Although illustrative embodiments have been shown and described, a wide range of modification, change and substitution is contemplated in the foregoing disclosure and in some instances, some features of the embodiments may be employed without a corresponding use of other features. Accordingly, it is appropriate that the appended claims be construed broadly and in a manner consistent with the scope of the embodiments disclosed herein.

Claims (17)

What is claimed is:
1. A Fibre Channel gateway, comprising:
a Fibre Channel over Ethernet/Fibre Channel (FCoE/FC) converter physical layer (PHY) chip that is programmed with a spoofed Fibre Channel Forwarding (FCF) Media Access Control (MAC) address;
a processing system that is coupled to the FCoE/FC converter PHY chip;
a memory system that is coupled to the processing system and that includes instructions that, when executed by the processing system, cause the processing system to provide a fabric services engine that is configured to:
establish communication with an FC switch IHS that is directly connected to the FCoE/FC converter PHY chip;
receive one of an FCoE Initialization Protocol (FIP) fabric login message and a FIP fabric discovery message that includes the spoofed FCF MAC address as its destination address from a server IHS and, in response, provide an FCoE fabric discovery message to the FCoE/FC converter PHY chip, wherein the FCoE/FC converter PHY chip converts the FCoE fabric discovery message to an FC fabric discovery message that is provided to the FC switch IHS; and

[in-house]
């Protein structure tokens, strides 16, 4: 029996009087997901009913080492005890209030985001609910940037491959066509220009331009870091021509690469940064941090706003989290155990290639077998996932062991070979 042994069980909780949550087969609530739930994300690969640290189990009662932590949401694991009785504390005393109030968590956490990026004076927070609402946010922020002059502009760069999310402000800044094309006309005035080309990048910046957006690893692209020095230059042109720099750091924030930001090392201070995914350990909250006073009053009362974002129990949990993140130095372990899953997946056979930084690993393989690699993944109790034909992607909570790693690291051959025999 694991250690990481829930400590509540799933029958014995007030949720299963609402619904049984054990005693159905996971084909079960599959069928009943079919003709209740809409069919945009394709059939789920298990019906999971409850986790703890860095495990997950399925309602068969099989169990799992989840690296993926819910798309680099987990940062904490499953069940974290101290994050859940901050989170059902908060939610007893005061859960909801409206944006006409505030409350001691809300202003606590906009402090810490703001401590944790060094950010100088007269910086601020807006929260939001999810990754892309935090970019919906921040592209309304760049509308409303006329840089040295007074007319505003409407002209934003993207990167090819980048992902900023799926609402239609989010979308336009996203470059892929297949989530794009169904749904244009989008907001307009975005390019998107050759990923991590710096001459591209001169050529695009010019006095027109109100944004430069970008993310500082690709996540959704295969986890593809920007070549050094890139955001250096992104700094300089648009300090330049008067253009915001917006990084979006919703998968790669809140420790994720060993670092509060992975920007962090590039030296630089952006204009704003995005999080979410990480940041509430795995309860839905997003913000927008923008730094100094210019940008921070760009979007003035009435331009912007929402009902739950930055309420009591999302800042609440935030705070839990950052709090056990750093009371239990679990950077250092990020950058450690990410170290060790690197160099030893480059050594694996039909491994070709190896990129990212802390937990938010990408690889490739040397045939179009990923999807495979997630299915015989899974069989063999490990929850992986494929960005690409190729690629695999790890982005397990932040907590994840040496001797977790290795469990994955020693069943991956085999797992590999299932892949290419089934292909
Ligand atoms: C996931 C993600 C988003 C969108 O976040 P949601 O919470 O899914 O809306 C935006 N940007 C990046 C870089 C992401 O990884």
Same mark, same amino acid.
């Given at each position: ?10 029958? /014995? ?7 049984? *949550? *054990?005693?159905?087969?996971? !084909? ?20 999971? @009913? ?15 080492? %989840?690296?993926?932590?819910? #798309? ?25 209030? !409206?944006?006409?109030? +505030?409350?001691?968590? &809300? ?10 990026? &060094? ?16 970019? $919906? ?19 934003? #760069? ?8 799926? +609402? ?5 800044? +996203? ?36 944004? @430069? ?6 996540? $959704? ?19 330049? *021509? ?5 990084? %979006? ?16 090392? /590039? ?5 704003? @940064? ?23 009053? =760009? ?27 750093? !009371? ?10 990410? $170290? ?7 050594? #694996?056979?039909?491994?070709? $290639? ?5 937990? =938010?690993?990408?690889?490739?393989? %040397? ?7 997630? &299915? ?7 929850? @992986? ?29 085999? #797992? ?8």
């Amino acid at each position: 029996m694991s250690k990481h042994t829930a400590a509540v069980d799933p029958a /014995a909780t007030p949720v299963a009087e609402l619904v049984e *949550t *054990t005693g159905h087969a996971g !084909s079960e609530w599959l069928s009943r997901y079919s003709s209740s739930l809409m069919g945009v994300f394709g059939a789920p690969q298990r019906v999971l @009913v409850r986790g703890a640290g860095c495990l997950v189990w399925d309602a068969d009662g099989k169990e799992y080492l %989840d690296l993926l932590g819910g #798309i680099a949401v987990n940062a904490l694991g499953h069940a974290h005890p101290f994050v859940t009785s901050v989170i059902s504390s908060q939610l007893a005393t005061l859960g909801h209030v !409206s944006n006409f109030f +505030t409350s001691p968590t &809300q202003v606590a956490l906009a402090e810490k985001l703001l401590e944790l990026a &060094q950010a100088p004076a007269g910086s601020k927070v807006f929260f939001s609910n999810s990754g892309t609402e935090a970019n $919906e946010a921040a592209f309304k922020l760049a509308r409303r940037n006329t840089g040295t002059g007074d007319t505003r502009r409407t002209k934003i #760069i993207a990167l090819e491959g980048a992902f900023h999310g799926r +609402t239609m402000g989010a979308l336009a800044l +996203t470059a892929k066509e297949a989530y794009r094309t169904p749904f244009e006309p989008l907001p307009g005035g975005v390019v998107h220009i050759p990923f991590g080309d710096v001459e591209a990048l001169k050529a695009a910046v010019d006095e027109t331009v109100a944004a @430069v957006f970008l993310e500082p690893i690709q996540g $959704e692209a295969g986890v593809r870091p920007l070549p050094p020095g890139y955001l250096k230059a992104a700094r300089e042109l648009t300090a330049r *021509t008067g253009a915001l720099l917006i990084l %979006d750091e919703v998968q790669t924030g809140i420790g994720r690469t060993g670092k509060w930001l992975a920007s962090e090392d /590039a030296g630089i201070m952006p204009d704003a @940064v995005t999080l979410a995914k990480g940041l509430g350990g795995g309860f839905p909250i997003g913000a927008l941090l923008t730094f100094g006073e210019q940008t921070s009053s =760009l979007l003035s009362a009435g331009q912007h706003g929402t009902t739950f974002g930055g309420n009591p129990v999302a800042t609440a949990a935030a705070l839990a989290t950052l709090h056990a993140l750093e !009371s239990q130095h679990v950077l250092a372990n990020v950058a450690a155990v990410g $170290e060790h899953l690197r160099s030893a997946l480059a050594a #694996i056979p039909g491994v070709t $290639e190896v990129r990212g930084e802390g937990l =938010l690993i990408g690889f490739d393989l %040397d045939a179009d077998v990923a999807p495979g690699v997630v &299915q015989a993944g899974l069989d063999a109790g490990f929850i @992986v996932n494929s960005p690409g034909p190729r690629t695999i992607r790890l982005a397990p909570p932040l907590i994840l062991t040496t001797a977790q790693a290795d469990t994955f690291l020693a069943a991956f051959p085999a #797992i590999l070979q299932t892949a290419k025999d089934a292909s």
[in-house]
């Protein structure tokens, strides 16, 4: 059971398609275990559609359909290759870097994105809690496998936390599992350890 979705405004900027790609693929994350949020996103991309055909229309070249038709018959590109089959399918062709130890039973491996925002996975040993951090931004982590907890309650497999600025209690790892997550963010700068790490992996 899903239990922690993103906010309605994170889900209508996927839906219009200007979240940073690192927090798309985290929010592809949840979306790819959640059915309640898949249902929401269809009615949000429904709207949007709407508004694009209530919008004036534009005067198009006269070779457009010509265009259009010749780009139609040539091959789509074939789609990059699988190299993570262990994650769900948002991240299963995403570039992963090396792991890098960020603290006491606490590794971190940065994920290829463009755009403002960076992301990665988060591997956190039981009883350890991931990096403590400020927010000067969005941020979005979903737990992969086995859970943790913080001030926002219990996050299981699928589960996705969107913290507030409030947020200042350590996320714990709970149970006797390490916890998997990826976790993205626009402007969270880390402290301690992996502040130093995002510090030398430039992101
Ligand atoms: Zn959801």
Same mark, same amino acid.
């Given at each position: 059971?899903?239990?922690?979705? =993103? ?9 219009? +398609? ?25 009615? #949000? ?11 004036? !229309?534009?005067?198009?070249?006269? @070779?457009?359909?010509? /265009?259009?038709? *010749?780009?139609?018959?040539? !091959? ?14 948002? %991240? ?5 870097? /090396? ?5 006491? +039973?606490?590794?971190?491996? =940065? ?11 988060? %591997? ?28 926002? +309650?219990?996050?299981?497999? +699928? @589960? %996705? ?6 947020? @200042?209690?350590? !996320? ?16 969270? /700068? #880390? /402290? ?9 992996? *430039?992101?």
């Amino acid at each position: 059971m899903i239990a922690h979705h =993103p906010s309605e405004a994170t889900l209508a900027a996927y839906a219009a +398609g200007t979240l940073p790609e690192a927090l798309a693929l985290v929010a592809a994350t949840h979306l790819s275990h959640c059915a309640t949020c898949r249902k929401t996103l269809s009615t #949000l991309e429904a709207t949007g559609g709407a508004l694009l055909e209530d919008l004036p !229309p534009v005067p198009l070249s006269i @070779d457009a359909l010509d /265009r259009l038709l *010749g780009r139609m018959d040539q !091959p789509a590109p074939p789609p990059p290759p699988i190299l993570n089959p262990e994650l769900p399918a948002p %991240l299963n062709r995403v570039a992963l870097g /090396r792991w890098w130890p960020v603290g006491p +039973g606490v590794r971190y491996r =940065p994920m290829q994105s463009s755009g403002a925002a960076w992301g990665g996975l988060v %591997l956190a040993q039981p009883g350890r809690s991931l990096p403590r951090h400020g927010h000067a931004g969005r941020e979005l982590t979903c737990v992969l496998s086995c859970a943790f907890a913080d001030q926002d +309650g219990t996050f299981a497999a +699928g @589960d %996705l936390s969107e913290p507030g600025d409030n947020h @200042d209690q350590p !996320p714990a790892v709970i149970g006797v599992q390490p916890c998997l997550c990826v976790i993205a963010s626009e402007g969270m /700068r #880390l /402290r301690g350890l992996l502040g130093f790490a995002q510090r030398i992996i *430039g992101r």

receive an FCoE fabric discovery accept message that includes the spoofed FCF MAC address as its source address from the FCoE/FC converter PHY chip and, in response, provide one of a FIP fabric login accept message and a FIP fabric discovery accept message that includes the spoofed FCF MAC address as its source address to the server IHS, wherein the FCoE/FC converter PHY chip converts an FC fabric discovery accept message that is received from the FC switch IHS to the FCoE fabric discovery accept message that is received by the fabric services engine.
2. The Fibre Channel gateway of claim 1, wherein the instructions that, when executed by the processing system, cause the processing system to provide the fabric services engine that is configured to establish communication with the FC switch IHS further cause the fabric services engine to:
send an FCoE fabric login message to the FCoE/FC converter PHY chip such that the FCoE/FC converter PHY chip converts the FCoE fabric login message to an FC fabric login message that is provided to the FC switch IHS; and